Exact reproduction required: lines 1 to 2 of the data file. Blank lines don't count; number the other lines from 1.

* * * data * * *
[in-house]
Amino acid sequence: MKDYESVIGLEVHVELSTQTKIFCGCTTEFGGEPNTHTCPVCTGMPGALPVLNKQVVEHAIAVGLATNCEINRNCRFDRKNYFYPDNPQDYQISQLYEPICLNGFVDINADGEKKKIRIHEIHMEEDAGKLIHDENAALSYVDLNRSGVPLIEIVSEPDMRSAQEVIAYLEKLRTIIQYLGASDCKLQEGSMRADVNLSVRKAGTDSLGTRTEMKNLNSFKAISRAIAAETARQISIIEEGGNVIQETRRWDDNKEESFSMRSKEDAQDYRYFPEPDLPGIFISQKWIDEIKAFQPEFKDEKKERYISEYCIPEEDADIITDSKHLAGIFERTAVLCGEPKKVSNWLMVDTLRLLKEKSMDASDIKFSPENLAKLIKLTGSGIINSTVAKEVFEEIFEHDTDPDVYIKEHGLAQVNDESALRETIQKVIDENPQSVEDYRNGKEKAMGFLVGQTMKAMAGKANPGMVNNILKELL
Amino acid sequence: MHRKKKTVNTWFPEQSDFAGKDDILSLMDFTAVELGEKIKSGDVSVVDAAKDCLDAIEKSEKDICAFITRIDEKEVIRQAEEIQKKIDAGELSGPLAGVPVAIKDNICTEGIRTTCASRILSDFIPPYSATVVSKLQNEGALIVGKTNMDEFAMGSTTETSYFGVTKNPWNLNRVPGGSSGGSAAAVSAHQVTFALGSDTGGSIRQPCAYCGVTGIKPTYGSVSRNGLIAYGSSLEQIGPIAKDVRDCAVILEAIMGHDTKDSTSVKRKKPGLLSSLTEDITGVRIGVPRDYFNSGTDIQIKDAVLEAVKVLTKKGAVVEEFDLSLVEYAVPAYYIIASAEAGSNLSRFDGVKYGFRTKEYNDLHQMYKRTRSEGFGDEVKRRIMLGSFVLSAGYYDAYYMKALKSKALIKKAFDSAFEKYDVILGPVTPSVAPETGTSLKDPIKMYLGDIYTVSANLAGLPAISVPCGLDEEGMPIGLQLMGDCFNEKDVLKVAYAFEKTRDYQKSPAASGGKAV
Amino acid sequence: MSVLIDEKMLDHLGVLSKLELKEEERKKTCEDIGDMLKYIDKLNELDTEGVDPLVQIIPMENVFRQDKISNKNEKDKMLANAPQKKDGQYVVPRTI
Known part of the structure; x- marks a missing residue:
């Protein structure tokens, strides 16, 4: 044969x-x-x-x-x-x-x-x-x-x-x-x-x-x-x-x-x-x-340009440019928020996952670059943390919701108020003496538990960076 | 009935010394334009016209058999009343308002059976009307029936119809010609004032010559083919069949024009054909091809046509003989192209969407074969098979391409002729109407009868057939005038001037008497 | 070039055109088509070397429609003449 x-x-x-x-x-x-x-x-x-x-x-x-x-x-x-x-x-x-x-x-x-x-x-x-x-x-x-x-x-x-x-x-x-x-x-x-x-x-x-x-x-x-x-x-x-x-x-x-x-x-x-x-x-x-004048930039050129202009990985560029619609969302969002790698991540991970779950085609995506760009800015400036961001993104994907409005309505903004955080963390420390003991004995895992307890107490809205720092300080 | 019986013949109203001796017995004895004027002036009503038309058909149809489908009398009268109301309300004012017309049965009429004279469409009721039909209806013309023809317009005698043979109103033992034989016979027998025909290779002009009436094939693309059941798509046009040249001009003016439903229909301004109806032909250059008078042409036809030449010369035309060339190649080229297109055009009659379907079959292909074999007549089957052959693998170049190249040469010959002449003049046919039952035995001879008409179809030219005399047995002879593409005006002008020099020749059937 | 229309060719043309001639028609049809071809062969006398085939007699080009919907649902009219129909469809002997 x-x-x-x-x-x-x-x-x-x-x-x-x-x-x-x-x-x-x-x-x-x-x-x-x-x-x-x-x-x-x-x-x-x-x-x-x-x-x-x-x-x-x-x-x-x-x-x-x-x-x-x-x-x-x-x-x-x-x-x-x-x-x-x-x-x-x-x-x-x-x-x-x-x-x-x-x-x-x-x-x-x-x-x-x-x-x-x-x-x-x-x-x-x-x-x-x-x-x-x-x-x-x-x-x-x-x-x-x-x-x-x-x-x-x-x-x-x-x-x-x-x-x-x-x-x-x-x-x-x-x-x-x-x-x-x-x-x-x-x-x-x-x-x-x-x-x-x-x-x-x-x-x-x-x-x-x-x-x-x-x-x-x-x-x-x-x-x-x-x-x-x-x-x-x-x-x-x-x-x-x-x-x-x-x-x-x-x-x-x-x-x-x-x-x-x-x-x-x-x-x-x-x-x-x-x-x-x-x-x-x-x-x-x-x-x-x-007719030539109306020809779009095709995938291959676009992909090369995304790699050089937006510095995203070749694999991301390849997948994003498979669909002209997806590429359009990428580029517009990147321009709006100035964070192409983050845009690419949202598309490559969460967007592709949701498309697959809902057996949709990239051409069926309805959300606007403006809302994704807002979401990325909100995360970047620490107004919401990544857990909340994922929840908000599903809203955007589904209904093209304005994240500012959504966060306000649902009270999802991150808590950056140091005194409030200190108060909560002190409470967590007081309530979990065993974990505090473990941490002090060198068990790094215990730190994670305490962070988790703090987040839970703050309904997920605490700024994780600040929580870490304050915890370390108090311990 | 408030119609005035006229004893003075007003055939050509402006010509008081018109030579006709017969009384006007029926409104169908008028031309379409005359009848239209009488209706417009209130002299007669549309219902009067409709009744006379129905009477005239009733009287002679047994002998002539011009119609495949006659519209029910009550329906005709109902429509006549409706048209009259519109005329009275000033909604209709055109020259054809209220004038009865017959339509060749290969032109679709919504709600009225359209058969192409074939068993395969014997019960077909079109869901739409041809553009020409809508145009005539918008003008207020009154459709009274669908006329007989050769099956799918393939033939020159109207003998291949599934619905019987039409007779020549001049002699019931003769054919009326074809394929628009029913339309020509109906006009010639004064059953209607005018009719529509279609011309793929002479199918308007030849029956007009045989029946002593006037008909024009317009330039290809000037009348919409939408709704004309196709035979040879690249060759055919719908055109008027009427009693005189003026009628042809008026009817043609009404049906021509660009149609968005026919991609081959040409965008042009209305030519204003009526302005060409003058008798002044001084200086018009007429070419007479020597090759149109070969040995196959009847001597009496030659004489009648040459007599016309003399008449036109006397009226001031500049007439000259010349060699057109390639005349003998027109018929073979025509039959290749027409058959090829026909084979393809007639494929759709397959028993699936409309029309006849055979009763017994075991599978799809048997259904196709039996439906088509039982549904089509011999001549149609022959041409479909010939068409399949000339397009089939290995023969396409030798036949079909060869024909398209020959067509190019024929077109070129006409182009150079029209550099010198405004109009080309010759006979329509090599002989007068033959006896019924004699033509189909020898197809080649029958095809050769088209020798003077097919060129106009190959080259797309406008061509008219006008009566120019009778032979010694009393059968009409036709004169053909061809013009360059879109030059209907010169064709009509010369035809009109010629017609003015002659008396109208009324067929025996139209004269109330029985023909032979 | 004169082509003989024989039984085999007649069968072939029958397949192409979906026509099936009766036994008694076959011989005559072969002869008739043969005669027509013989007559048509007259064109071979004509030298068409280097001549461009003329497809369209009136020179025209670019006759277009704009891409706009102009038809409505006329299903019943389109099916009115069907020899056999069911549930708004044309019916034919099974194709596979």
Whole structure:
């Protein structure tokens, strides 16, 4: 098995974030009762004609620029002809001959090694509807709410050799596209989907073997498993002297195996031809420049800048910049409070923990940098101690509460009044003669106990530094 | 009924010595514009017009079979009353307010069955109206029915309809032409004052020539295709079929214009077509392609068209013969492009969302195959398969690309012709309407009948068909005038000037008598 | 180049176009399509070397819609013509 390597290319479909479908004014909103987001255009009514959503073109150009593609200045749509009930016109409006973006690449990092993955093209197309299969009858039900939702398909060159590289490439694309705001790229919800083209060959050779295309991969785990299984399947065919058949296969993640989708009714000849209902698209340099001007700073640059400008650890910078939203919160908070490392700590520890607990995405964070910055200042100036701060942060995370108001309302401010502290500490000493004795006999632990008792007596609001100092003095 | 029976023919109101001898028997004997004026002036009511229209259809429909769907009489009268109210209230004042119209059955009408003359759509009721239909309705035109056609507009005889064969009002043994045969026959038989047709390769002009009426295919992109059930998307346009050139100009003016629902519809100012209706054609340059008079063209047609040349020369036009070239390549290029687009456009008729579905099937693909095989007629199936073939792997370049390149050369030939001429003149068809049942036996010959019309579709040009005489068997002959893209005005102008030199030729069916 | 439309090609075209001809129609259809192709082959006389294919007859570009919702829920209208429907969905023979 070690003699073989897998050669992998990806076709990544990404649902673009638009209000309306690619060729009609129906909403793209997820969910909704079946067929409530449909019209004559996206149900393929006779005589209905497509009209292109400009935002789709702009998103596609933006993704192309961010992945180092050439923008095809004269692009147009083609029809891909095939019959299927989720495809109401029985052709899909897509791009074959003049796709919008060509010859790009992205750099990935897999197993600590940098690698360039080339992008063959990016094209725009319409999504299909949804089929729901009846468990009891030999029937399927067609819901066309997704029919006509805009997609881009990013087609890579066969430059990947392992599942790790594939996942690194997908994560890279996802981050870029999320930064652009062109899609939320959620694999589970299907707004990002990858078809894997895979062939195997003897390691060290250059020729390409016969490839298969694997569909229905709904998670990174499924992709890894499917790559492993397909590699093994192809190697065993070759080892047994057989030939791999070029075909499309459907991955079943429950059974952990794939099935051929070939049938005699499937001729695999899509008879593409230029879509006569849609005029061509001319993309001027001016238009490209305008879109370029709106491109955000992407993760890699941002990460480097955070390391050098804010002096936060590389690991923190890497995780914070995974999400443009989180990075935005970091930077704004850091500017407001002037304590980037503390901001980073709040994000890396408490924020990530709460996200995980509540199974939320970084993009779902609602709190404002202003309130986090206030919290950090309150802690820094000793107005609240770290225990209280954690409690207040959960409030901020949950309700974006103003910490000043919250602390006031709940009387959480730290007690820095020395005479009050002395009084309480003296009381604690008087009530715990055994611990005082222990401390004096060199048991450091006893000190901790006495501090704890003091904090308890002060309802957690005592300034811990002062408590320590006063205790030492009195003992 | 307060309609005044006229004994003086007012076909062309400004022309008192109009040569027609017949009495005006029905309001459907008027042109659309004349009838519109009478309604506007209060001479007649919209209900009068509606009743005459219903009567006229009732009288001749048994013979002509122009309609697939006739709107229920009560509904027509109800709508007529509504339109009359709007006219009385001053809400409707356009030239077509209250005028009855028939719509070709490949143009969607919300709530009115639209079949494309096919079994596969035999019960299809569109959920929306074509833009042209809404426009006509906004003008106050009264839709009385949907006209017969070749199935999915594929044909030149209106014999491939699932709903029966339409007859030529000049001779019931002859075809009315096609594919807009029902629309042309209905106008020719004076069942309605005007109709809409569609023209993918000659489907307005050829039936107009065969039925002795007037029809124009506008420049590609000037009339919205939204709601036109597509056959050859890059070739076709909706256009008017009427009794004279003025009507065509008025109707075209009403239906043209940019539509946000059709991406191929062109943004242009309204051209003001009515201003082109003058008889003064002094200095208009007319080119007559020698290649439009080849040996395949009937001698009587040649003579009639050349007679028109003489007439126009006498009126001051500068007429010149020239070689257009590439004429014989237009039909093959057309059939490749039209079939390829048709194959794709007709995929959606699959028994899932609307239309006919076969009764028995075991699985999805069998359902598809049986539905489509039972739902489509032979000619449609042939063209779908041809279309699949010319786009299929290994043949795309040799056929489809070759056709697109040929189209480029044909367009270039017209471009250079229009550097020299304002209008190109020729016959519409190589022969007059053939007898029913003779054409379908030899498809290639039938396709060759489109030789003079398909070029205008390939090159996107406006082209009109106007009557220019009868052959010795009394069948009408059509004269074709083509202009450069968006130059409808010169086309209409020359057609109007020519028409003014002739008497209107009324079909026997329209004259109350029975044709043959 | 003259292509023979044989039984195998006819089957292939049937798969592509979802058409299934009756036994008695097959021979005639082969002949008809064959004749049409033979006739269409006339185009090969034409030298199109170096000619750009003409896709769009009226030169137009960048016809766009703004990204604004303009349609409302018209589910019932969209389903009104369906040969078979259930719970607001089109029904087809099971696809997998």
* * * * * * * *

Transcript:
[in-house]
Amino acid sequence: MKDYESVIGLEVHVELSTQTKIFCGCTTEFGGEPNTHTCPVCTGMPGALPVLNKQVVEHAIAVGLATNCEINRNCRFDRKNYFYPDNPQDYQISQLYEPICLNGFVDINADGEKKKIRIHEIHMEEDAGKLIHDENAALSYVDLNRSGVPLIEIVSEPDMRSAQEVIAYLEKLRTIIQYLGASDCKLQEGSMRADVNLSVRKAGTDSLGTRTEMKNLNSFKAISRAIAAETARQISIIEEGGNVIQETRRWDDNKEESFSMRSKEDAQDYRYFPEPDLPGIFISQKWIDEIKAFQPEFKDEKKERYISEYCIPEEDADIITDSKHLAGIFERTAVLCGEPKKVSNWLMVDTLRLLKEKSMDASDIKFSPENLAKLIKLTGSGIINSTVAKEVFEEIFEHDTDPDVYIKEHGLAQVNDESALRETIQKVIDENPQSVEDYRNGKEKAMGFLVGQTMKAMAGKANPGMVNNILKELL